Opinion | Should faith be a barrier to gender equality?
The issue is not about religious faith but about the anguish of half of India’s population
The inspector general of police in Kerala was looking into the TV camera and boasting: “We’ve deployed the requisite police force. Our personnel won’t allow anybody to take the law into their own hands. The honourable Supreme Court’s verdict will be implemented in entirety. We’ll ensure that no faithful person is prevented from having the darshan of Lord Ayyappa.”
Despite his grandstanding, the way the two women from Andhra Pradesh’s Godavari district were heckled was beyond imagination. The women had somehow managed to cross the base camp in Pamba, but couldn’t stay hidden from the eyes of protestors. They made sure that the buses went back with the women, who had been insulted and humiliated. Accompanied by two sobbing children, they were feeling vulnerable and fearful, but this didn’t perturb the “faithful”. Where were the police when this was happening? The television channels could have captured the violence on their cameras, but couldn’t the police have done more to stop the protesters?
Clearly, the angry mobs were not deterred by the enormous police presence. They were bent upon putting obstacles before the women.
What I saw on TV made me recoil. Even before a couple could reach the base camp, they were surrounded by protesters. The so-called devotees beat the husband up in front of his wife. The scene of the helpless woman crying as she clung on to her husband was really distressing.
They were not the only ones feeling helpless. Groups led by women were searching buses and passenger cars for any woman aged between 10 and 50 years in order to stop them from reaching the temple. Every woman traveller was viewed suspiciously. A number of women journalists were at the receiving end of their wrath. Even as they were being assaulted, the police kept silent.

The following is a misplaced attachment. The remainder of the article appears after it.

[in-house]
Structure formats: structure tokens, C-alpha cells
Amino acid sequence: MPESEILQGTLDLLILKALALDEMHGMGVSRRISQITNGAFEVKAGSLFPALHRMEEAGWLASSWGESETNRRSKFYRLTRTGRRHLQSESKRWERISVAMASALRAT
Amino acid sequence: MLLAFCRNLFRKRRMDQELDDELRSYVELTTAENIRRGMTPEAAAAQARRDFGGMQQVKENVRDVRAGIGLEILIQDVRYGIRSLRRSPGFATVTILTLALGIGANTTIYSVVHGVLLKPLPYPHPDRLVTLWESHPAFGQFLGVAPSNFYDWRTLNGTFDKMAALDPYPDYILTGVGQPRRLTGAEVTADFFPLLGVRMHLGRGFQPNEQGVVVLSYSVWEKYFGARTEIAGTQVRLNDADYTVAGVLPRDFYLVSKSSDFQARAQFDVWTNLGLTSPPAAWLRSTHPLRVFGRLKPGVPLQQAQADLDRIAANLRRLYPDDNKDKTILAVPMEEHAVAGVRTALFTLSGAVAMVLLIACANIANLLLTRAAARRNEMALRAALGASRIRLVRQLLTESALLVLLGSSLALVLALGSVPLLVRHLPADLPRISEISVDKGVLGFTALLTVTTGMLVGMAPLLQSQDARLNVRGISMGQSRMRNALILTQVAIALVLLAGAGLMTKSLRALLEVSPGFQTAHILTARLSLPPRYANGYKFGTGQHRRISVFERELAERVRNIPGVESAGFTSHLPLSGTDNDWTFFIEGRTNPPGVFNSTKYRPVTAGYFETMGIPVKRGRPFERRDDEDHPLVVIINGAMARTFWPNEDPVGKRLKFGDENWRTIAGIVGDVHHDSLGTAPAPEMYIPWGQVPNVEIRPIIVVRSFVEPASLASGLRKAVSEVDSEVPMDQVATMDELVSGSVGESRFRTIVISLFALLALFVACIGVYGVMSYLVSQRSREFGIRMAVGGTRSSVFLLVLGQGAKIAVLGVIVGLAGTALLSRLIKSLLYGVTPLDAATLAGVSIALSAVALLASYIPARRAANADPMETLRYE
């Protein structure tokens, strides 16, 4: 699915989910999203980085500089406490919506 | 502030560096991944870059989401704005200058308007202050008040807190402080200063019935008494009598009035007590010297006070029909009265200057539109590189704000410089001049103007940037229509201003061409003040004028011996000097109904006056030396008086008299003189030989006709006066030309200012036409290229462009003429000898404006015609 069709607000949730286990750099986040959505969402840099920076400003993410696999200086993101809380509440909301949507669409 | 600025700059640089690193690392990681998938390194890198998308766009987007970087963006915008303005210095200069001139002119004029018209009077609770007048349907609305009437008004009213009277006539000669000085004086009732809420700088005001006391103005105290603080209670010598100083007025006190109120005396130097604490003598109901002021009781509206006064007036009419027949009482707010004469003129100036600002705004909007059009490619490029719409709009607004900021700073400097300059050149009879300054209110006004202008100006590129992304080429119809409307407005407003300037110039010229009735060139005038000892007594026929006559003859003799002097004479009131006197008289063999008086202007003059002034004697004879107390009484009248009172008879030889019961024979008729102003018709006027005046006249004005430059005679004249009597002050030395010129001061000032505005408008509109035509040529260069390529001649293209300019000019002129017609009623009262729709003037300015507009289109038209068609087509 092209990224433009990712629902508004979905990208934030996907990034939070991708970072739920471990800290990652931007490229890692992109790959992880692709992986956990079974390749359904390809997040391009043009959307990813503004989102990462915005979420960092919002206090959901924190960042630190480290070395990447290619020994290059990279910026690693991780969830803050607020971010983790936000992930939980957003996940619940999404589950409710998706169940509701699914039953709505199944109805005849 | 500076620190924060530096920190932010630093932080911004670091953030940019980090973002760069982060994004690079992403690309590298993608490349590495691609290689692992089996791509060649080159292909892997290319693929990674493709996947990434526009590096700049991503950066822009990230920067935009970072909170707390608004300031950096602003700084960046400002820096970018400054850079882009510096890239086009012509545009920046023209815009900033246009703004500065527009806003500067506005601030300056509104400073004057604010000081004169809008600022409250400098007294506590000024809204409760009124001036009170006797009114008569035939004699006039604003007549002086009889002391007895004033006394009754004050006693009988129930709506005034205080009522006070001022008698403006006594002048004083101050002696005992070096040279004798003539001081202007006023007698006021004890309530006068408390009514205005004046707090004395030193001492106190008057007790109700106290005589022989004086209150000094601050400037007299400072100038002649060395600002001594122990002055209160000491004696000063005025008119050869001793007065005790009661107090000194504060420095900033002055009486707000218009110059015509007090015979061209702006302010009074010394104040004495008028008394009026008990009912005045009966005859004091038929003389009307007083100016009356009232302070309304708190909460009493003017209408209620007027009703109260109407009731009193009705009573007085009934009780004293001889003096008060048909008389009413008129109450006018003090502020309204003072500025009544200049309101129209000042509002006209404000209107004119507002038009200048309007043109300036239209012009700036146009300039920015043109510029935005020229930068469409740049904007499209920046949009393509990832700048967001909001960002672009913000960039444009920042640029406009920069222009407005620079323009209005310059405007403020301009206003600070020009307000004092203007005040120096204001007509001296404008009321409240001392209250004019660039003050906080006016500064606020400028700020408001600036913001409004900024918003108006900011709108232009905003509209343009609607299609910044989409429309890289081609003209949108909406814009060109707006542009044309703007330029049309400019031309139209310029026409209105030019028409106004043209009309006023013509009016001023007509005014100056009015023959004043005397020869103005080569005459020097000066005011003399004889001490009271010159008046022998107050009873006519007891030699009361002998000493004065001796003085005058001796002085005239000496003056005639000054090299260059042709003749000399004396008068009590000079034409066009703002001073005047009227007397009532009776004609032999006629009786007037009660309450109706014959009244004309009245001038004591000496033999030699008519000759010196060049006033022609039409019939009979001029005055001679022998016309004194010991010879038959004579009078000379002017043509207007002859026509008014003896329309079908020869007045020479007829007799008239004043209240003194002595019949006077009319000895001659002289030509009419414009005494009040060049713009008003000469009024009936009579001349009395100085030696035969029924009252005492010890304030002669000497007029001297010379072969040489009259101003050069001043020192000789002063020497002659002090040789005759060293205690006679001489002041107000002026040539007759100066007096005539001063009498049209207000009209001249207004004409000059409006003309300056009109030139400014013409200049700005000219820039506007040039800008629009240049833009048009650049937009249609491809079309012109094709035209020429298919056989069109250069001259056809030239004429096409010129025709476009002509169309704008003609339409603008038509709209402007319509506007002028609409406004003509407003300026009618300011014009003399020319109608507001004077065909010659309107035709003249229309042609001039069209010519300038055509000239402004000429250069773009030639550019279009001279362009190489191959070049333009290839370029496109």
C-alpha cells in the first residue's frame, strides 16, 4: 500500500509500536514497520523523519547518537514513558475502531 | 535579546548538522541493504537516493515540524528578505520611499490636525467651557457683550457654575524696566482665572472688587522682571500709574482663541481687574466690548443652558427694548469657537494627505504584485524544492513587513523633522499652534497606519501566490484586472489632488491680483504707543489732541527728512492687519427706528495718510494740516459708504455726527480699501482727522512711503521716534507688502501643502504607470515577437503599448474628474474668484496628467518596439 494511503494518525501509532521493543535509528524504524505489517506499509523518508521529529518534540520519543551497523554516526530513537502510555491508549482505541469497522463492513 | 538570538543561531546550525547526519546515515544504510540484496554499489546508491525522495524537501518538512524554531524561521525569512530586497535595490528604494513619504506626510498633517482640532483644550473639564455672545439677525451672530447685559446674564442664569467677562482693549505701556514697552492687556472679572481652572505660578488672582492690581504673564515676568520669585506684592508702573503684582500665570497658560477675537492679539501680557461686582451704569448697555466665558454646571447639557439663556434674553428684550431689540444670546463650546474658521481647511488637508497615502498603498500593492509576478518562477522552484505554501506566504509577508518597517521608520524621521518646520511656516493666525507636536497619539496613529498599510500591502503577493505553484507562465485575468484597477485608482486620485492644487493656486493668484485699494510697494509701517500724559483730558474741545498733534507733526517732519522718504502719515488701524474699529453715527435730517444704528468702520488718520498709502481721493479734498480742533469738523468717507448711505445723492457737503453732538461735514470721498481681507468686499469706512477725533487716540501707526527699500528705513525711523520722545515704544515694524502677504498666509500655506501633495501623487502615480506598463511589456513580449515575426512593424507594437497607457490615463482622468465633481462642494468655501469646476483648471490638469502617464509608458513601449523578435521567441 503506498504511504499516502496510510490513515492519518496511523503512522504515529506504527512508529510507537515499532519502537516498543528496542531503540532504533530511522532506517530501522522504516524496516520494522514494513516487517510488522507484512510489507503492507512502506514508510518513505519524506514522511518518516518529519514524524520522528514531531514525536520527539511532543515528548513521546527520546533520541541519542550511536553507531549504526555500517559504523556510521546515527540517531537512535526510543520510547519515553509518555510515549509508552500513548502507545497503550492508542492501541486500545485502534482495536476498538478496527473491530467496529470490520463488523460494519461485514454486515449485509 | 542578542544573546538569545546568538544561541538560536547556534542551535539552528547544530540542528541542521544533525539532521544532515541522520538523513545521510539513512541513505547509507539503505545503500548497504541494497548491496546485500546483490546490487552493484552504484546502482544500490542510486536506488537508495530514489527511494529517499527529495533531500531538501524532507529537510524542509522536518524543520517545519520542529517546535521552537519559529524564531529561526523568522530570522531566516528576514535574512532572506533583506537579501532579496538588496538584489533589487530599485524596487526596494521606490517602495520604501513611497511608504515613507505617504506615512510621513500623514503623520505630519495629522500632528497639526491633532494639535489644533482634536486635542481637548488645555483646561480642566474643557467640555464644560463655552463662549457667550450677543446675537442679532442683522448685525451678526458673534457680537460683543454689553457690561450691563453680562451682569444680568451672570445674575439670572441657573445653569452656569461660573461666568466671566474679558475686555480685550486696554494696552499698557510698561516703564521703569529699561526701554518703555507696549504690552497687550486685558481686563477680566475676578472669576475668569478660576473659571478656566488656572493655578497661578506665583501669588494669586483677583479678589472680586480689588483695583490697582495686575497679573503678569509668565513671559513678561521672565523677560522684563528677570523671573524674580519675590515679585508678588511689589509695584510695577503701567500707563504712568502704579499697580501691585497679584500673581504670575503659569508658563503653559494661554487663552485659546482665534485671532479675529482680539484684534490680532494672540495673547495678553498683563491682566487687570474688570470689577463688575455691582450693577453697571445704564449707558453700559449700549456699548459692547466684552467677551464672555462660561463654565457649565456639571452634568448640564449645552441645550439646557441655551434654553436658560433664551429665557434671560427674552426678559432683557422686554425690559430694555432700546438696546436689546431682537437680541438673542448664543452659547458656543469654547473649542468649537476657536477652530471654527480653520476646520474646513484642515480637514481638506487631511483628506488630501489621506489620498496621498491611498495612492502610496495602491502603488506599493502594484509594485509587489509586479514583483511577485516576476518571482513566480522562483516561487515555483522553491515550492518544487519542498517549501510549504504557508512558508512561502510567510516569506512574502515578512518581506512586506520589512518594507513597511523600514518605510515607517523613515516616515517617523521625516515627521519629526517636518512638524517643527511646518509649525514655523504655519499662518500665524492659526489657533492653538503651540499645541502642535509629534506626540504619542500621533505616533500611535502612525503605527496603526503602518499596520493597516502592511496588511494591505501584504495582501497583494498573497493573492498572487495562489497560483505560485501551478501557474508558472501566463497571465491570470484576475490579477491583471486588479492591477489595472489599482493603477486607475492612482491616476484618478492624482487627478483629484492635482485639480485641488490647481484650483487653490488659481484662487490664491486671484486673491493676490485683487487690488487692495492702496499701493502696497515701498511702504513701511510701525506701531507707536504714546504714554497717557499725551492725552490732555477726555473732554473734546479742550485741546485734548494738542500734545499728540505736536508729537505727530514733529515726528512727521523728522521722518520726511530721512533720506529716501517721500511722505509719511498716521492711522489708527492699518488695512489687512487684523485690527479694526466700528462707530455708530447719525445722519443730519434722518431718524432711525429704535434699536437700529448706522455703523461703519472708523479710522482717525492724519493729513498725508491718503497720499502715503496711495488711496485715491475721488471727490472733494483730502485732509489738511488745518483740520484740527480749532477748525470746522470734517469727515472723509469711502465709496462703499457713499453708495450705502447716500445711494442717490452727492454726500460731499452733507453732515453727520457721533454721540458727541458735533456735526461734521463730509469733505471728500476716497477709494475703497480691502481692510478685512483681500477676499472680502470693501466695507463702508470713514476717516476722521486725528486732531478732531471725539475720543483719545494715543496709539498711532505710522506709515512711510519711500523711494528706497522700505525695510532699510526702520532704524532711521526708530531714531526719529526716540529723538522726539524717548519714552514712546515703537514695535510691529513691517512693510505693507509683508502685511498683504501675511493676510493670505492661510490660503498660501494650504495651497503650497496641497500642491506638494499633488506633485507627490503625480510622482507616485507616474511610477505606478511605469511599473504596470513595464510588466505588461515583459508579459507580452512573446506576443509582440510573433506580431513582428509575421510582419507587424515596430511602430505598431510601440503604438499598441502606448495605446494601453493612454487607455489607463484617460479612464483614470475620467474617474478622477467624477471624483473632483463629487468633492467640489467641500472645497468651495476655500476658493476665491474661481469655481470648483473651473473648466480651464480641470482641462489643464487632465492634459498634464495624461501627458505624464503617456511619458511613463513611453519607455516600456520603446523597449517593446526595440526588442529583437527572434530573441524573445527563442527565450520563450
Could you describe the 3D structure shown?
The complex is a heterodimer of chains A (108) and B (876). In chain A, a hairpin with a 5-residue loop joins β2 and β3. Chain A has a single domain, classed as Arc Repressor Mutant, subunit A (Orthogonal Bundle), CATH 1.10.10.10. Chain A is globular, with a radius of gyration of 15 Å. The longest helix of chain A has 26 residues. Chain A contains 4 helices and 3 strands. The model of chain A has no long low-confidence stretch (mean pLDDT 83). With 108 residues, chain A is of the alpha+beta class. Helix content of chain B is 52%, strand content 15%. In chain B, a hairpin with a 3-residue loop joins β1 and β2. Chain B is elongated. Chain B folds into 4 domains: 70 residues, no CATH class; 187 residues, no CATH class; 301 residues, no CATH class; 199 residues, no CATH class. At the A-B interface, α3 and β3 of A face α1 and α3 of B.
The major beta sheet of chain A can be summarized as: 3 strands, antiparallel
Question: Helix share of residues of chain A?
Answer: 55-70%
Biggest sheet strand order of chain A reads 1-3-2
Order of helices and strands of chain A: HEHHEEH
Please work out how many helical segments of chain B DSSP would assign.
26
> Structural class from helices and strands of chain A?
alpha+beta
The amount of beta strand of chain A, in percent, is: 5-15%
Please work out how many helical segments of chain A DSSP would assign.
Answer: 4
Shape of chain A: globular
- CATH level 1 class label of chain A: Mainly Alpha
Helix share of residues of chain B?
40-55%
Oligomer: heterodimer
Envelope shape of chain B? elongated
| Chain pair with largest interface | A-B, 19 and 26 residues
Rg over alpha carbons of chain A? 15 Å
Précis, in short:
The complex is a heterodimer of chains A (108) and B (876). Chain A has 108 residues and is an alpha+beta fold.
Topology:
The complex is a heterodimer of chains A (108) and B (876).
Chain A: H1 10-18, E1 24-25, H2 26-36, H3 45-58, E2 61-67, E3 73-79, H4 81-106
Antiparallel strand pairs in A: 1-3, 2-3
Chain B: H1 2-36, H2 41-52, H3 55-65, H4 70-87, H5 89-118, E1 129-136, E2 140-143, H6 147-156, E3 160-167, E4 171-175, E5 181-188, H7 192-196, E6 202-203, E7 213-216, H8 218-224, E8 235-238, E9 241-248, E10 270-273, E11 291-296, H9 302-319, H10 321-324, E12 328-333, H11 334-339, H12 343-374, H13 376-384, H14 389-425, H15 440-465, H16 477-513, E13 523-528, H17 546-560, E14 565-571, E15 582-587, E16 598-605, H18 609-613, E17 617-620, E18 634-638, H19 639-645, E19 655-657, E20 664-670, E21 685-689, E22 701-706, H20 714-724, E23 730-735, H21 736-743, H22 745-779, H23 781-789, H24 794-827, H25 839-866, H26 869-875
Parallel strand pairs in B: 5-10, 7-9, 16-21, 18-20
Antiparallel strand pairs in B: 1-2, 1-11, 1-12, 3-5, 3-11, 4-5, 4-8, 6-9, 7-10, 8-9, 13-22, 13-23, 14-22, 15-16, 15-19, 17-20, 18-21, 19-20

Even the police were not in a position to do anything when their political masters were themselves in a dilemma. Kerala has the nation’s only left front government. The Supreme Court’s verdict is in line with the government’s policies, but at times it appeared that even they were reluctant to get singed in the flames of politics.
These contentious times are unprecedented in India’s politics. It appeared that the BJP and the Congress were standing together on one platform. The question before them was not one of religiosity or faith, but of electoral compulsions. The 2019 general elections are round the corner. Who’ll want to risk playing with the sensibilities of the majority?
That is why, despite the apex court’s instructions, women had to turn back from Ayyappa’s doors on Wednesday. At the time these lines were being written, even those dispensing justice were feeling helpless. But the issue is not merely about religious faith. It is connected to the anguish of half of India’s population. These scenes brought back some traumatic childhood memories resting in the recesses of my mind.
As a child, I remembered my mother and her friends would suddenly fall “ill”. Since they didn’t have fever or cough, why were they not feeling well, I used to ask. The aunts would respond with sheepish laughter.
Similarly, when a number of families visited the temple together, a few women would stay outside since they were “ill”. As I grew up, the reason behind this mystery illness was revealed to me, but a question still bothers me. This “illness”, which lasts for five out of 30 days in a month, is one-sixth of a person’s productivity. How can society not benefit from their productivity every month? This tradition has given rise to a number of complications. The Sabarimala controversy is intrinsically linked with this.
Why have those who are bent on killing or getting killed outside the Ayyappa temple forgotten that at one time our ancestors took on societal evils such as sati, child marriage and dowry? A civilization that cannot progress in sync with the sensibilities of time cannot be long-lasting. Look at the history of the nation if you need further testimony. Everything will be crystal clear. But what can one do?
One more point. If we evaluate Ayodhya in the light of Sabarimala, it will lead to misgivings on a number of fronts. The Sabarimala issue is limited to a particular region. The Ayodhya controversy is decidedly much bigger. The court’s decision in the Ram temple issue may go against the wishes of crores of supporters of one party. What will happen in these circumstances?
Shashi Shekhar is editor-in-chief, Hindustan. His Twitter handle is @shekharkahin
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